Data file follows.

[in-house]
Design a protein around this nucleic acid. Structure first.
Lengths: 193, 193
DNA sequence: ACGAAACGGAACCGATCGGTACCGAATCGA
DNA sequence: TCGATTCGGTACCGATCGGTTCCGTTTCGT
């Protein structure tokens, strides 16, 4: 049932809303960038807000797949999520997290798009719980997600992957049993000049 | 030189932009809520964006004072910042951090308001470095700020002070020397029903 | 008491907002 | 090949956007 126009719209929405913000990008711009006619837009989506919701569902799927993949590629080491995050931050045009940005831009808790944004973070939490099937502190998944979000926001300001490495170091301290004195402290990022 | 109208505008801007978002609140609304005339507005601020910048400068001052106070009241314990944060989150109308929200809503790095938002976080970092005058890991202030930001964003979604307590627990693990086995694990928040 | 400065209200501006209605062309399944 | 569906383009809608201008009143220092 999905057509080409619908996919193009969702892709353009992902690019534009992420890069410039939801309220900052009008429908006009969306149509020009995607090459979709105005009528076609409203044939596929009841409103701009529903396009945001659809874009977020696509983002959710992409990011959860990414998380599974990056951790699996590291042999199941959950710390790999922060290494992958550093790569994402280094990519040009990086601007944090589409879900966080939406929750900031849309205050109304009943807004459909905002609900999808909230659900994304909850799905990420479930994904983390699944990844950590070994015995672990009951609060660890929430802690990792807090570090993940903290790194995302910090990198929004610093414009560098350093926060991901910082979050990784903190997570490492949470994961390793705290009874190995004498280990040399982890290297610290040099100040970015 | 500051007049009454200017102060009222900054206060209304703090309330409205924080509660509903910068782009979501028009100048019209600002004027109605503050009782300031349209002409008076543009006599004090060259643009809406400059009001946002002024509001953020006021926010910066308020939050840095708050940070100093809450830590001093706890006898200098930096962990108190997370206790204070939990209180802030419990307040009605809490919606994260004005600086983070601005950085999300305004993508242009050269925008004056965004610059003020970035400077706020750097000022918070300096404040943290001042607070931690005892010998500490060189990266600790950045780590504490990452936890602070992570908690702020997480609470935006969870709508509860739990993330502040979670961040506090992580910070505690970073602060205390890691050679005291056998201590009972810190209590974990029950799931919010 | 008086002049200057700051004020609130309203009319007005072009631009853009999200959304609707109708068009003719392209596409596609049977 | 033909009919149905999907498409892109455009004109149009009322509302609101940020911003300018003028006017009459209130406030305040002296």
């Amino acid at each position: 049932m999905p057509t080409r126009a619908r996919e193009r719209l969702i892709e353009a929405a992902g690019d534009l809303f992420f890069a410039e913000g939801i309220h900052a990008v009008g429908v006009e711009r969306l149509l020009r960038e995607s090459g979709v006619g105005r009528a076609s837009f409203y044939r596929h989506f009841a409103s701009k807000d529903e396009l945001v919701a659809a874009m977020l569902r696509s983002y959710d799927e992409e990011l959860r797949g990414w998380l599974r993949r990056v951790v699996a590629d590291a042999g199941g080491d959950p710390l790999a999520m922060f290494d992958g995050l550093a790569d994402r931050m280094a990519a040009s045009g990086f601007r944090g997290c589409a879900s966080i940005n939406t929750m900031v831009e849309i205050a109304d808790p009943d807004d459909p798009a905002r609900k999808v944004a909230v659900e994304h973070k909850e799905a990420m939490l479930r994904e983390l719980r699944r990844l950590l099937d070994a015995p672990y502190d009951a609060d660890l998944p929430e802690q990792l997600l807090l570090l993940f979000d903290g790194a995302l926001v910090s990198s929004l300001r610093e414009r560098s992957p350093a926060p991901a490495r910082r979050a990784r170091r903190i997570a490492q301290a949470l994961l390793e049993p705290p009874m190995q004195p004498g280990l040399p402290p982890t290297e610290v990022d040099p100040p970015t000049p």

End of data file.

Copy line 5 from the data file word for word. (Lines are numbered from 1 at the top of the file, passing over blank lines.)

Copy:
DNA sequence: TCGATTCGGTACCGATCGGTTCCGTTTCGT